Revolutionary Pet Injury Prevention & Recovery with Caldera International
By Brittany Pomales When you sprain your ankle, you reach into the freezer for some ice or maybe you head to your nearest pharmacy to pick up a cold pack. But what happens when your pet has a painf…
By Brittany Pomales
When you sprain your ankle, you reach into the freezer for some ice or maybe you head to your nearest pharmacy to pick up a cold pack. But what happens when your pet has a painful joint? The medical technology available to man’s best friend now parallels that of human medicine, and although you may not be able to find them at your local pharmacy (yet!) pet therapy packs do exist
Caldera International, Inc specializes in pet therapy wraps, a non-pharmaceutical form of pain relief. Daniel Godfrey, President of Caldera International, Inc., founded the Portland, Oregon, based company in 1999. He started out by visiting every small-town pharmacy and general store across Oregon and convincing them to stock the Caldera human therapy wraps. With Daniels’ commitment and core value of improving lives through Caldera products, the use of human therapy wraps spread across the country.
The task of icing a pet’s limb often turns into a wrestling match: trying to get your pet into a lying position, keeping the animal still, and applying the pack for the directed 20 minutes – it’s an experience that often leaves both pet and owner pretty stressed.
In 2015, a large veterinary specialty center approached Daniel to make a functional line of hot and cold therapy wraps for dogs. In a little more than two years, and with the aid of their rehabilitation department, several animal surgeons, and technicians, Caldera introduced a line of Hot & Cold Pet Therapy Wraps. The wraps went through an extensive design and development process including a wear test program using a variety of dogs. The result was 16 veterinarian-endorsed products that are revolutionizing injury prevention and recovery for pets.
The easy-to-use system of Velcro™ secured wraps and quick release buckles creates a reliable and custom fit. Designed with a dog’s anatomy in mind, they provide comfort and pet mobility.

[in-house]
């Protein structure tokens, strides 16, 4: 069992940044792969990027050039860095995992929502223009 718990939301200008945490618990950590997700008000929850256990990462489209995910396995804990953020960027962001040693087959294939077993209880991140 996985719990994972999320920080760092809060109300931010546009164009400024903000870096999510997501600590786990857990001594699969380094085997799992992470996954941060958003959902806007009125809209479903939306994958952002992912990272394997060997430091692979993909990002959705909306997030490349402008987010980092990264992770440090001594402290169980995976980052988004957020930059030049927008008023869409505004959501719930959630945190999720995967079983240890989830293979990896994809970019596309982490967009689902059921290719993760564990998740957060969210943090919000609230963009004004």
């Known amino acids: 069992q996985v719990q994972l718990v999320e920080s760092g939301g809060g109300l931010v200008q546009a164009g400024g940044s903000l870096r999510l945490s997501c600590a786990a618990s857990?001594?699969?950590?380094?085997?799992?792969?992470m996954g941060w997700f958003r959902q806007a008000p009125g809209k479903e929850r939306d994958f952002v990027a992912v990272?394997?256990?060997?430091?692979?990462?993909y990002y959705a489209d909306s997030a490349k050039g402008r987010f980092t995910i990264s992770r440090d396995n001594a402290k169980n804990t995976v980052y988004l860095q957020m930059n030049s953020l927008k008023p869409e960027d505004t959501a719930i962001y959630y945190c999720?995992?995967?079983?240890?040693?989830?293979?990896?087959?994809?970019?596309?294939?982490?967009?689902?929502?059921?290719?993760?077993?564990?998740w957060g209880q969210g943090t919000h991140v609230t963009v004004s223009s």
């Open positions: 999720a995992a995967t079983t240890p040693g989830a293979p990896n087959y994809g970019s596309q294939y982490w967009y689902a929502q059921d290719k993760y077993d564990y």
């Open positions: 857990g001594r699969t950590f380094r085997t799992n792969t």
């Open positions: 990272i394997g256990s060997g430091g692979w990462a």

In the case of slobber and doggy drool, the wraps are made with antibacterial fabric and are machine washable. Designed for every size and breed, they are tailored to target the carpal, shoulder, elbow, hip, stifle, and tarsal areas. Easy to handle gel pack fit into the wraps. The gel packs are freezer and microwave safe and made in the USA.
When cold, the wraps help with the care of soft tissue injuries by minimizing swelling, inflammation, and pain. When hot, they help open blood vessels and increase blood flow, which can reduce recovery time after surgery. There is an easy to use guide on the Caldera website, with illustrations on how to apply the wraps.
In 2017, Caldera introduced a whole-body solution to provide both cooling relief to an over-heated pet, or soothing warmth to a chilled, or arthritic pet, the Hot and Cold Pet Bed. The bed comes in three sizes. The same, non-toxic gel packs, made with food grade materials, slide into reinforced, chew resistant, and scratch resistant pockets. This is an important feature for those pet owners whose pets are chewers. In addition to helping pets in pain, the bed comes in handy during Arizona’s hotter months. It’s a great way to soothe footpads after a walk or to provide overall cooling relief to an over-heated pet. For pets located up north or in colder weather, the warmth of heated gel packs will help keep the chill at bay. Made in the USA, the gel packs are freezer and microwave safe. Always supervise your pet while using the wraps. As with any medical product, they should be used as part of your pet’s treatment plan as directed by a veterinary professional, who would advise which temperature would be best for your pet’s specific needs.
Caldera’s products are sold in retail stores across the United States as well as online. To see their line of products or learn more about Caldera International, Inc. visit www.calderaintl.com
A version of this article originally appeared in our July/August 2018 issue.